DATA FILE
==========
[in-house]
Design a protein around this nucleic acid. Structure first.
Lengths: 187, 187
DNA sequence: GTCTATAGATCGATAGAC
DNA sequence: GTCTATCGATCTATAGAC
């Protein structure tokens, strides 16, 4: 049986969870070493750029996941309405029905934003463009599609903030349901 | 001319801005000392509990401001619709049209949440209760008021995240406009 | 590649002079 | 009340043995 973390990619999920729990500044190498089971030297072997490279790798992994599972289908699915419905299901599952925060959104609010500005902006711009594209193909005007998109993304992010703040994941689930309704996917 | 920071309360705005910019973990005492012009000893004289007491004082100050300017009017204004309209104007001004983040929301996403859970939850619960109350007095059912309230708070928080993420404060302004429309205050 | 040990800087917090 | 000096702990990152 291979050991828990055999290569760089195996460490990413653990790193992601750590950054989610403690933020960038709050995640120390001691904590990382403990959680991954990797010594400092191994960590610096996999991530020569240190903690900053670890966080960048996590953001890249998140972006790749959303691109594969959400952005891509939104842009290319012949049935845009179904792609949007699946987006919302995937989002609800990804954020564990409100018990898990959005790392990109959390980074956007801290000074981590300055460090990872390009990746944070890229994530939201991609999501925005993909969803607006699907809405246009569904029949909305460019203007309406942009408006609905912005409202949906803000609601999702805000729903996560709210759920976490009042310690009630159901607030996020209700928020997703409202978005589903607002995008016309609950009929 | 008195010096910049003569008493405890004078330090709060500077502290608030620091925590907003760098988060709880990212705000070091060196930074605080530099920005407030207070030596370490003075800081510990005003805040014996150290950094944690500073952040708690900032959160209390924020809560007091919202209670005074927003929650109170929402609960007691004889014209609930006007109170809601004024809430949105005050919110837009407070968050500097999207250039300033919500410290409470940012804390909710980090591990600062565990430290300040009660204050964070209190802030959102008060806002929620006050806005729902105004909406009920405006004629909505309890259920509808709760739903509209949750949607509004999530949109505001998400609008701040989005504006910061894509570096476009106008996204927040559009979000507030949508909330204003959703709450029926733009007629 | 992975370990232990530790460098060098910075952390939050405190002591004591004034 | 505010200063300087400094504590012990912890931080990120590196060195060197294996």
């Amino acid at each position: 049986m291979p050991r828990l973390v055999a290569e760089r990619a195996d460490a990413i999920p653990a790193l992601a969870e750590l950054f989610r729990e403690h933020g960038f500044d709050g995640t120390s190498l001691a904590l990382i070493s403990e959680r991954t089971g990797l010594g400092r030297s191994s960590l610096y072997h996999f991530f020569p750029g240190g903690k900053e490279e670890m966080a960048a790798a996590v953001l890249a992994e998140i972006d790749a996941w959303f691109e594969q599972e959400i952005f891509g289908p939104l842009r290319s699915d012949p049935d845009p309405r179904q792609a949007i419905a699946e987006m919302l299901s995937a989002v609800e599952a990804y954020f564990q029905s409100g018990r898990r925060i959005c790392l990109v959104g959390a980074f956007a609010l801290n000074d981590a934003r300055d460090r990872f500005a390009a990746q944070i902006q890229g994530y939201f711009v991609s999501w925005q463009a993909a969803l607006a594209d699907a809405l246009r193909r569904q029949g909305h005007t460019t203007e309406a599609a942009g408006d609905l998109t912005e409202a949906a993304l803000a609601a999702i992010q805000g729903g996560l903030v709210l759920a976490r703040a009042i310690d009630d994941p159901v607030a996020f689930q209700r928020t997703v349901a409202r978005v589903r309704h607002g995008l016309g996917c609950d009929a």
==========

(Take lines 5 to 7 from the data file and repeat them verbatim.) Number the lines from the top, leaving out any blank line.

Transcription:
DNA sequence: GTCTATCGATCTATAGAC
């Protein structure tokens, strides 16, 4: 049986969870070493750029996941309405029905934003463009599609903030349901 | 001319801005000392509990401001619709049209949440209760008021995240406009 | 590649002079 | 009340043995 973390990619999920729990500044190498089971030297072997490279790798992994599972289908699915419905299901599952925060959104609010500005902006711009594209193909005007998109993304992010703040994941689930309704996917 | 920071309360705005910019973990005492012009000893004289007491004082100050300017009017204004309209104007001004983040929301996403859970939850619960109350007095059912309230708070928080993420404060302004429309205050 | 040990800087917090 | 000096702990990152 291979050991828990055999290569760089195996460490990413653990790193992601750590950054989610403690933020960038709050995640120390001691904590990382403990959680991954990797010594400092191994960590610096996999991530020569240190903690900053670890966080960048996590953001890249998140972006790749959303691109594969959400952005891509939104842009290319012949049935845009179904792609949007699946987006919302995937989002609800990804954020564990409100018990898990959005790392990109959390980074956007801290000074981590300055460090990872390009990746944070890229994530939201991609999501925005993909969803607006699907809405246009569904029949909305460019203007309406942009408006609905912005409202949906803000609601999702805000729903996560709210759920976490009042310690009630159901607030996020209700928020997703409202978005589903607002995008016309609950009929 | 008195010096910049003569008493405890004078330090709060500077502290608030620091925590907003760098988060709880990212705000070091060196930074605080530099920005407030207070030596370490003075800081510990005003805040014996150290950094944690500073952040708690900032959160209390924020809560007091919202209670005074927003929650109170929402609960007691004889014209609930006007109170809601004024809430949105005050919110837009407070968050500097999207250039300033919500410290409470940012804390909710980090591990600062565990430290300040009660204050964070209190802030959102008060806002929620006050806005729902105004909406009920405006004629909505309890259920509808709760739903509209949750949607509004999530949109505001998400609008701040989005504006910061894509570096476009106008996204927040559009979000507030949508909330204003959703709450029926733009007629 | 992975370990232990530790460098060098910075952390939050405190002591004591004034 | 505010200063300087400094504590012990912890931080990120590196060195060197294996």
């Amino acid at each position: 049986m291979p050991r828990l973390v055999a290569e760089r990619a195996d460490a990413i999920p653990a790193l992601a969870e750590l950054f989610r729990e403690h933020g960038f500044d709050g995640t120390s190498l001691a904590l990382i070493s403990e959680r991954t089971g990797l010594g400092r030297s191994s960590l610096y072997h996999f991530f020569p750029g240190g903690k900053e490279e670890m966080a960048a790798a996590v953001l890249a992994e998140i972006d790749a996941w959303f691109e594969q599972e959400i952005f891509g289908p939104l842009r290319s699915d012949p049935d845009p309405r179904q792609a949007i419905a699946e987006m919302l299901s995937a989002v609800e599952a990804y954020f564990q029905s409100g018990r898990r925060i959005c790392l990109v959104g959390a980074f956007a609010l801290n000074d981590a934003r300055d460090r990872f500005a390009a990746q944070i902006q890229g994530y939201f711009v991609s999501w925005q463009a993909a969803l607006a594209d699907a809405l246009r193909r569904q029949g909305h005007t460019t203007e309406a599609a942009g408006d609905l998109t912005e409202a949906a993304l803000a609601a999702i992010q805000g729903g996560l903030v709210l759920a976490r703040a009042i310690d009630d994941p159901v607030a996020f689930q209700r928020t997703v349901a409202r978005v589903r309704h607002g995008l016309g996917c609950d009929a």